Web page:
Baby Grouch woke me this morning with her chatter and her happy squeals and periodic shouts of “Mama!” coming from her crib. I padded to her room, in my pajamas, and smiled at her when she exclaimed, “Morning!” as I walked in. “Book. Book. Cookie”. We had the time, so I acquiesced to her demand that I read her “The Best Mouse Cookie” before bringing her downstairs for breakfast.
She ate some steamed broccoli (might as well squeeze in a vegetable wherever you can, right?) and a few bites of peach yogurt before asking me to make her a waffle. “Bite. Faffle!” Again, I complied with her request, because today was technically a holiday (President’s Day, but whatever, I had the day off) and most days I’m the one calling the shots. Before walking to the toaster, I turned on Pandora’s Nursery Rhyme Radio, one of her favorite stations.
I came back with the waffle for her and sweetened black tea for me, and before I could set down her food, she held out her arms, saying, “uppie”. Instead of telling her to finish eating at her seat, I unbuckled her from the booster and swooped her onto my lap, placing the waffle in front of both of us. And there she stayed for the next hour and fifteen minutes.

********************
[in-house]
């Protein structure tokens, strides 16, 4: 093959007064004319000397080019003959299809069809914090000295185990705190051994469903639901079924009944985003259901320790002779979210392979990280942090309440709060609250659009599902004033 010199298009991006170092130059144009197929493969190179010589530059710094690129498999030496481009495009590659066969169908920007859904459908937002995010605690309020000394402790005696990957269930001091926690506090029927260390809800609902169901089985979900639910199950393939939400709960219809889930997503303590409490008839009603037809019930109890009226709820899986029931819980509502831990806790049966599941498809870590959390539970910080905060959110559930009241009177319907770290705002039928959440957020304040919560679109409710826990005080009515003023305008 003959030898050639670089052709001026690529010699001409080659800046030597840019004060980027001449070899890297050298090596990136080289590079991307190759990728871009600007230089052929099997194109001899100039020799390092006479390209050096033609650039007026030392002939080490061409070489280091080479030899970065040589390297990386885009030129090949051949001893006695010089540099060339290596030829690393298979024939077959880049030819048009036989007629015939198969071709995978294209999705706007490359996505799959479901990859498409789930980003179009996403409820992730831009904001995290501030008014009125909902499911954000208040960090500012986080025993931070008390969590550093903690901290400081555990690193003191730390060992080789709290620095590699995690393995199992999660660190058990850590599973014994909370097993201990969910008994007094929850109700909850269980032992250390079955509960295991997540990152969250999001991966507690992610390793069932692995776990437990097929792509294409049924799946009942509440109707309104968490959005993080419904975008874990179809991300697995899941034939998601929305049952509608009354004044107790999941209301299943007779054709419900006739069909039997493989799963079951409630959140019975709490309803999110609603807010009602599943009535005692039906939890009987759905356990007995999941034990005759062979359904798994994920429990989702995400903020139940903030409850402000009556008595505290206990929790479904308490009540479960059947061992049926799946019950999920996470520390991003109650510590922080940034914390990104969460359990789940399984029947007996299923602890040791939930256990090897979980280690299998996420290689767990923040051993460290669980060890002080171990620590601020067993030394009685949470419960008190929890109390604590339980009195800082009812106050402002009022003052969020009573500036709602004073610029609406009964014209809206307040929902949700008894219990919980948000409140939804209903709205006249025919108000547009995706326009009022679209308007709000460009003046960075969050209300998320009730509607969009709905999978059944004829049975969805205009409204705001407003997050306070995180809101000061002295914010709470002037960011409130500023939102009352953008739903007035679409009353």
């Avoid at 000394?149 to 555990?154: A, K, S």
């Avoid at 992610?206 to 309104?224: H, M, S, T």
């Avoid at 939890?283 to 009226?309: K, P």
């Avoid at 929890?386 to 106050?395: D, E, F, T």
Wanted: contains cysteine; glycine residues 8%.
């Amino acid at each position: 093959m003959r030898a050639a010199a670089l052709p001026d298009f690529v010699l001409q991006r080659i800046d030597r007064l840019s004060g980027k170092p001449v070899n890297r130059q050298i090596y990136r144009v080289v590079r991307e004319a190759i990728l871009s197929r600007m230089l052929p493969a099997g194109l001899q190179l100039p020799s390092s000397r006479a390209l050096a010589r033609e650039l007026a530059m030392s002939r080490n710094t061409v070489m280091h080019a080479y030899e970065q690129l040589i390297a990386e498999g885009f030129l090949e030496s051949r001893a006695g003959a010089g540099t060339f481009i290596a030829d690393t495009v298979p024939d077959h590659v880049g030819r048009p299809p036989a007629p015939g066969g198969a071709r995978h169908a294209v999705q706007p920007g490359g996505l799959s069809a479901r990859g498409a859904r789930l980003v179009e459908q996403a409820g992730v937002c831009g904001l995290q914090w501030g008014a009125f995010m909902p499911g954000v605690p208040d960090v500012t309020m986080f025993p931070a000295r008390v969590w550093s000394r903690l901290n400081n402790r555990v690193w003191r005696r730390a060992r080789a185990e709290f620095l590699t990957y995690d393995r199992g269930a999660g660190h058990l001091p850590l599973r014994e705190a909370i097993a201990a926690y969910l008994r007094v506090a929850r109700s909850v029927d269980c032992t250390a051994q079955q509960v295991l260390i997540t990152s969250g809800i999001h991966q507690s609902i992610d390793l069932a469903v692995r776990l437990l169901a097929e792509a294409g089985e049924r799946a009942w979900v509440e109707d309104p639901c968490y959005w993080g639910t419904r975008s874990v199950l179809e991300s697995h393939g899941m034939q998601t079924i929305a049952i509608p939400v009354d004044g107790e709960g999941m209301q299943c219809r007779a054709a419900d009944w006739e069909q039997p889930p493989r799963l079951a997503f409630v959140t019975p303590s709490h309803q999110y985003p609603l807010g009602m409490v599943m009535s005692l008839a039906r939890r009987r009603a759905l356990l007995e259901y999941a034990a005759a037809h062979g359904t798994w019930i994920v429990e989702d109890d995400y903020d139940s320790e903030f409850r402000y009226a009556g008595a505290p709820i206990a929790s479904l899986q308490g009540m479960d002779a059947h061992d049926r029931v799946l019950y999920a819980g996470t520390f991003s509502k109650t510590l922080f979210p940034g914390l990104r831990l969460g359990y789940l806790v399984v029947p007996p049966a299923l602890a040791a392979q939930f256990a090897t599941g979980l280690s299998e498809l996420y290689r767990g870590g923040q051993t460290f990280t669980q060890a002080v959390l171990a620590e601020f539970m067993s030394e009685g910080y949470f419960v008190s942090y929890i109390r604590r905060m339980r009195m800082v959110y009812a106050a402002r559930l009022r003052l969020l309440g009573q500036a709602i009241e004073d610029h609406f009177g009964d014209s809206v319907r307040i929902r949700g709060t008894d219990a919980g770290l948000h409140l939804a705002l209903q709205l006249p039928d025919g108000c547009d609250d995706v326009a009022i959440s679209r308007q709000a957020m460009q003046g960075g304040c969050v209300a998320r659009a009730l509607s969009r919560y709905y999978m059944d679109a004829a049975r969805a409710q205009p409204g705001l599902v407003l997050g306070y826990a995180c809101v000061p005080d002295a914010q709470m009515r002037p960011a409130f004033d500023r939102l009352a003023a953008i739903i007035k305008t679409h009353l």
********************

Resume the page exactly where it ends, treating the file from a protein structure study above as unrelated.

Compared to our normal rushy-rush attitude, we lingered. She tickled my knees and I gave her some laughs and tickled her back. She sat on my lap, turning to face me, placing her feet on my pregnant belly, my arms supporting her back. Every so often I’d get a hug, or a pat, or a stare up at my face and a “Mama!” coming out of her mouth. We sang and we sang and we sang, me, completely off-key, she, with an impressive number of correct words or close-to-it sounds, to the nursery rhymes she loved – her favorites (I could tell they were her top choices because of how much she sang along and the “yay!” she shouted after they were done) included, Wheels on the Bus, Somewhere Over The Rainbow (the Israel “IZ” Kamakawiwo’ole version), Skidamarink, The ABC’s and Apples and Bananas. She does not like Hakuna Matata, “don’t like it. Uh uh”. Between songs we tickle-tickled and peekabooed and then went back to singing, as she slowly continued to munch on her waffle.